More than 100 headstones were vandalized at the Chesed Shel Emeth Society cemetery in University City, Missouri. (screenshot from cbc.ca video )
We do not need to delineate the full roster of antisemitic incidents that have made the news recently. Toppled headstones, bomb threats against Jewish institutions, spray-painted swastikas, defaced mezuzot, hate messages left on doors, physical assaults in France.
On the one hand, there is a necessity to catalogue and condemn each and every incident – and police and Jewish community organizations are doing this. On the other hand, for the sake of our own individual and collective sense of security and peace of mind, we must try to assimilate these incidents into some sort of coherent narrative that, hopefully, does not lead to panic.
For the sort of individual who would desecrate a cemetery after dark, there could be a perverse thrill in making global news for what may have been little more than a drunken act on a Saturday night. The fact is that these acts – in North America certainly – are perpetrated by a tiny number of individuals. A somewhat larger number of dedicated antisemites will take cruel pleasure in the grief and fear these acts instil in Jewish communities and individuals.
The most important thing is how the great majority of people react to such incidents. It is deeply heartening to see Muslim communities uniting with Jewish communities to make right as many of the toppled gravestones as possible in St. Louis and Philadelphia. This is a model of unity in the face of hatred.
It is also necessary for the broader public – those neither Jewish nor Muslim or having membership in other targeted groups – to express their outrage and opposition to such expressions.
The situations in which Jewish and Muslim Americans find themselves are different. Muslims are being specifically targeted not only by racist individuals and groups, but by agencies of the state. This is a particularly frightening scenario. Jews are being targeted by apparently random acts of desecration and hatred. This is frightening in a somewhat different way, in that government actions, ideally, are subject to the checks and balances set out in the U.S. Constitution and we hope that those safeguards survive and thrive in this era.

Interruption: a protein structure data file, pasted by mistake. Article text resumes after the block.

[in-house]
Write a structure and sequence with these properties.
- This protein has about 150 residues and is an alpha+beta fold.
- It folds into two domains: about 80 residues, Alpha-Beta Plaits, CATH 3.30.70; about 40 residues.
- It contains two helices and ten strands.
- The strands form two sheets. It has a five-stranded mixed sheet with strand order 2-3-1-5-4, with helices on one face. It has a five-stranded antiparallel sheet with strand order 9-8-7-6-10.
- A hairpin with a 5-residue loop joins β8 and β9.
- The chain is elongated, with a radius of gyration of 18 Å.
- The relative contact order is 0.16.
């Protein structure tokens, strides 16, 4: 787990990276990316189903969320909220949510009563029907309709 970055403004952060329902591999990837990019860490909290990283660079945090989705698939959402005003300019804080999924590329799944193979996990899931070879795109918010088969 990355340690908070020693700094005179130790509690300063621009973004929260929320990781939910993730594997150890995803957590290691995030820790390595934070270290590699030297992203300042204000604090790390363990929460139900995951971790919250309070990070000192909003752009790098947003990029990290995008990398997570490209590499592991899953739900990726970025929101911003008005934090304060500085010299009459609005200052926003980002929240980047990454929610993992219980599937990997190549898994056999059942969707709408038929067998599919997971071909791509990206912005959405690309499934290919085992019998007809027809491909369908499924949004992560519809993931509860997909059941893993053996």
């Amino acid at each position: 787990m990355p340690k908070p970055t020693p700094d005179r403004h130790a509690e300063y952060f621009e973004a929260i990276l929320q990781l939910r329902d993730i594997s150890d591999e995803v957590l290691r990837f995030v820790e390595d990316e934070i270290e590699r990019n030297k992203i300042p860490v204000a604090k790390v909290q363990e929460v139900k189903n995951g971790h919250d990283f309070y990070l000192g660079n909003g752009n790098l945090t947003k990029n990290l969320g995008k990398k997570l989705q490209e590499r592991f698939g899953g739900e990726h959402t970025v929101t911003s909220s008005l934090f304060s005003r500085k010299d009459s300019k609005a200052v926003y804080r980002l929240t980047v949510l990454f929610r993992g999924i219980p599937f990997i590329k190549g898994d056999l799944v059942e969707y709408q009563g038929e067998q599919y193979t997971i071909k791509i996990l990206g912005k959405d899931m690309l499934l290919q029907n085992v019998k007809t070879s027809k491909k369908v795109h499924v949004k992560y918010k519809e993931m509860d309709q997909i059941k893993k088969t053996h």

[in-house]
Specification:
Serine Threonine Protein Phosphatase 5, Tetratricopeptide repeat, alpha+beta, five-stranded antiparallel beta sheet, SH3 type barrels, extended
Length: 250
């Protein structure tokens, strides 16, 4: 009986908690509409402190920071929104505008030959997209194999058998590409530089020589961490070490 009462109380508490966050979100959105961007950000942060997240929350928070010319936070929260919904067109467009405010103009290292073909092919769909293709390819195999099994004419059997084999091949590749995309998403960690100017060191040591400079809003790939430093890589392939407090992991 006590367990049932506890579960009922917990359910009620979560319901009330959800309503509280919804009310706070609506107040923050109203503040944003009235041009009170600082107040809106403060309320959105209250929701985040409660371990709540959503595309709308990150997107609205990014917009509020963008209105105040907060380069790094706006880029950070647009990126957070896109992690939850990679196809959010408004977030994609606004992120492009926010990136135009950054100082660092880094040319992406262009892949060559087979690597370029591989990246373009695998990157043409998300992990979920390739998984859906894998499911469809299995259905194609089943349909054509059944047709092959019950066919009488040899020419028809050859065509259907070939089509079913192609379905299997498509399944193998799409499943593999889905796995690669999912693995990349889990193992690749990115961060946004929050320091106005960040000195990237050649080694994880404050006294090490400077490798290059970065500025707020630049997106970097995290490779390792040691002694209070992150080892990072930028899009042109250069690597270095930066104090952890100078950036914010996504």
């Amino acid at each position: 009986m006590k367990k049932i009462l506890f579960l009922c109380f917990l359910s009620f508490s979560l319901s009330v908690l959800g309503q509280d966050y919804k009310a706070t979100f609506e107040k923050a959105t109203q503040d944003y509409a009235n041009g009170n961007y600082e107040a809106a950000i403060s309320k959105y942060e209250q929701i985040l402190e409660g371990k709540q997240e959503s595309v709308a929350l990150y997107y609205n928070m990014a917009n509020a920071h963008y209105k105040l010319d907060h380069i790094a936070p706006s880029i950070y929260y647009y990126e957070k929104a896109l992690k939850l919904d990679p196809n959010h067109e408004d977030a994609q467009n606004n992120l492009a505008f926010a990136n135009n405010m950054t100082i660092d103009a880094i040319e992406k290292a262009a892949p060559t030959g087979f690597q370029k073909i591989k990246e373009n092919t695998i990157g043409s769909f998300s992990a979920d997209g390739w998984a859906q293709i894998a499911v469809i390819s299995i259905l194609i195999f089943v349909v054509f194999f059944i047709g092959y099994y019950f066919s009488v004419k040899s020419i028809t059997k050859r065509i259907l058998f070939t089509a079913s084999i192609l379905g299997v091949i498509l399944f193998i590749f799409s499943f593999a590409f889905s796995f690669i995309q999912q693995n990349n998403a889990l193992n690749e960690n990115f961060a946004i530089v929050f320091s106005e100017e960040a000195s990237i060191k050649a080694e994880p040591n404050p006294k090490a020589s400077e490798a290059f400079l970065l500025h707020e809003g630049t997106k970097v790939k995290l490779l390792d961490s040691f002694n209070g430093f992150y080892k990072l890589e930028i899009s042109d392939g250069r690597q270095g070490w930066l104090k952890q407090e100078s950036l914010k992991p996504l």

Imagine deplaning after a domestic flight in the United States and being met by security officials demanding to know “Are you a Jew?” This is an immensely chilling prospect. And this is precisely what some Muslim travelers have experienced in recent days: officials of the state demanding identification papers and inquiring as to whether travelers are Muslim. Additionally alarming is the fact that many people would probably never have heard about these incidents had one of those who experienced it not been Muhammad Ali Jr. Thank goodness, at least in this context, for America’s celebrity culture.
While there have been innumerable antisemitic incidents in recent years, those who are not immersed in such news are often only dimly aware of the frequency and increasing severity of these events. When a Jewish friend posts news of a new attack on social media, you will thankfully see condemnation from Jewish and non-Jewish friends alike. But you are as likely to see shock and disbelief.
More important than what Martin Luther King Jr. called the strident clamour of the bad people, in times like these, is the appalling silence of the good people. Part of this is caused by the refraction of media and the isolated silos of information in which we have surrounded ourselves, so that we do not encounter ideas or news from outside our respective bubbles. There are many people who simply do not yet know the extent of anti-Jewish and anti-Muslim incidents taking place.
Those who do know are elected officials in positions of power. It is heartening to see Canadian leaders and many in the United States Congress expressing solidarity with the victims and condemning the perpetrators. U.S. Vice-President Mike Pence has been at the frontline of showing solidarity with targeted Jewish communities, at least. Getting appropriate remarks out of President Donald Trump has been troublingly difficult.
We may not be able to pre-empt the actions of individuals who are driven to topple gravestones or call in bomb threats. But the finest antidote to such incidents is for ordinary people to come together in condemning these acts and speaking out in favour of the values of respect and inclusiveness. As a targeted community, Jewish Canadians and Americans have a unique role in both making others aware of what is happening and showing our Muslim friends and fellow citizens that we stand with them, as they are standing with us in communities where desecrations have taken place.
Acknowledging – and demonstrating – that we are all in this together is our best hope for thriving in these times.